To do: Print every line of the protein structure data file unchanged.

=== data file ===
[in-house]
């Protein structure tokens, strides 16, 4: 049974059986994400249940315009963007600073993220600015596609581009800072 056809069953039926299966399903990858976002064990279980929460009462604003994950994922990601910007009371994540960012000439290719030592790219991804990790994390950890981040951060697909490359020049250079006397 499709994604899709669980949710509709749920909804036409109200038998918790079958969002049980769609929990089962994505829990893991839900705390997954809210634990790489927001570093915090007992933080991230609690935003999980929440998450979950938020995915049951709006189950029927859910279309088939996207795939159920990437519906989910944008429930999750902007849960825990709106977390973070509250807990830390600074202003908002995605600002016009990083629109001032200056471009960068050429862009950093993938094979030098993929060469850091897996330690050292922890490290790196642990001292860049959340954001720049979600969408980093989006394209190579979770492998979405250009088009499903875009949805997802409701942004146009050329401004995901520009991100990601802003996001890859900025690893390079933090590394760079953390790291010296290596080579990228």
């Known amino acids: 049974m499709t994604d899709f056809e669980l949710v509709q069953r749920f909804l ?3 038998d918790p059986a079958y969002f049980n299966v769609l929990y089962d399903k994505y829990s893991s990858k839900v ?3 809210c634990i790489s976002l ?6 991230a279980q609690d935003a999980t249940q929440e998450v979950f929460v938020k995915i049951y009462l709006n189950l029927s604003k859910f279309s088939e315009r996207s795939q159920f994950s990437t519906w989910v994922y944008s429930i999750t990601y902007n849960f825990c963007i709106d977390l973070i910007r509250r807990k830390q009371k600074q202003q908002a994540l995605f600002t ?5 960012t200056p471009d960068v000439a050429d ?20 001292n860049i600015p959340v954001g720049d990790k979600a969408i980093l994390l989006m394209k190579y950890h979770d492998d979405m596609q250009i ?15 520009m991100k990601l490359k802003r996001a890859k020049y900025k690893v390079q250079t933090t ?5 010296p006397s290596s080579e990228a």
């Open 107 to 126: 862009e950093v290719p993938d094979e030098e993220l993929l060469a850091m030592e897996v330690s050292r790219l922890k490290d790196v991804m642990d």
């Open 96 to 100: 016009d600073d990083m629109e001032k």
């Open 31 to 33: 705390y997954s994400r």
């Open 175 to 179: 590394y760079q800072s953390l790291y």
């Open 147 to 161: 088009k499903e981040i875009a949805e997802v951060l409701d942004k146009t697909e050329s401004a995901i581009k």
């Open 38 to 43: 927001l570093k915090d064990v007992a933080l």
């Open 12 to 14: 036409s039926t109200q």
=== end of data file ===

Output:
[in-house]
């Protein structure tokens, strides 16, 4: 049974059986994400249940315009963007600073993220600015596609581009800072 056809069953039926299966399903990858976002064990279980929460009462604003994950994922990601910007009371994540960012000439290719030592790219991804990790994390950890981040951060697909490359020049250079006397 499709994604899709669980949710509709749920909804036409109200038998918790079958969002049980769609929990089962994505829990893991839900705390997954809210634990790489927001570093915090007992933080991230609690935003999980929440998450979950938020995915049951709006189950029927859910279309088939996207795939159920990437519906989910944008429930999750902007849960825990709106977390973070509250807990830390600074202003908002995605600002016009990083629109001032200056471009960068050429862009950093993938094979030098993929060469850091897996330690050292922890490290790196642990001292860049959340954001720049979600969408980093989006394209190579979770492998979405250009088009499903875009949805997802409701942004146009050329401004995901520009991100990601802003996001890859900025690893390079933090590394760079953390790291010296290596080579990228």
């Known amino acids: 049974m499709t994604d899709f056809e669980l949710v509709q069953r749920f909804l ?3 038998d918790p059986a079958y969002f049980n299966v769609l929990y089962d399903k994505y829990s893991s990858k839900v ?3 809210c634990i790489s976002l ?6 991230a279980q609690d935003a999980t249940q929440e998450v979950f929460v938020k995915i049951y009462l709006n189950l029927s604003k859910f279309s088939e315009r996207s795939q159920f994950s990437t519906w989910v994922y944008s429930i999750t990601y902007n849960f825990c963007i709106d977390l973070i910007r509250r807990k830390q009371k600074q202003q908002a994540l995605f600002t ?5 960012t200056p471009d960068v000439a050429d ?20 001292n860049i600015p959340v954001g720049d990790k979600a969408i980093l994390l989006m394209k190579y950890h979770d492998d979405m596609q250009i ?15 520009m991100k990601l490359k802003r996001a890859k020049y900025k690893v390079q250079t933090t ?5 010296p006397s290596s080579e990228a």
């Open 107 to 126: 862009e950093v290719p993938d094979e030098e993220l993929l060469a850091m030592e897996v330690s050292r790219l922890k490290d790196v991804m642990d």
């Open 96 to 100: 016009d600073d990083m629109e001032k």
């Open 31 to 33: 705390y997954s994400r």
């Open 175 to 179: 590394y760079q800072s953390l790291y």
């Open 147 to 161: 088009k499903e981040i875009a949805e997802v951060l409701d942004k146009t697909e050329s401004a995901i581009k």
């Open 38 to 43: 927001l570093k915090d064990v007992a933080l």
């Open 12 to 14: 036409s039926t109200q």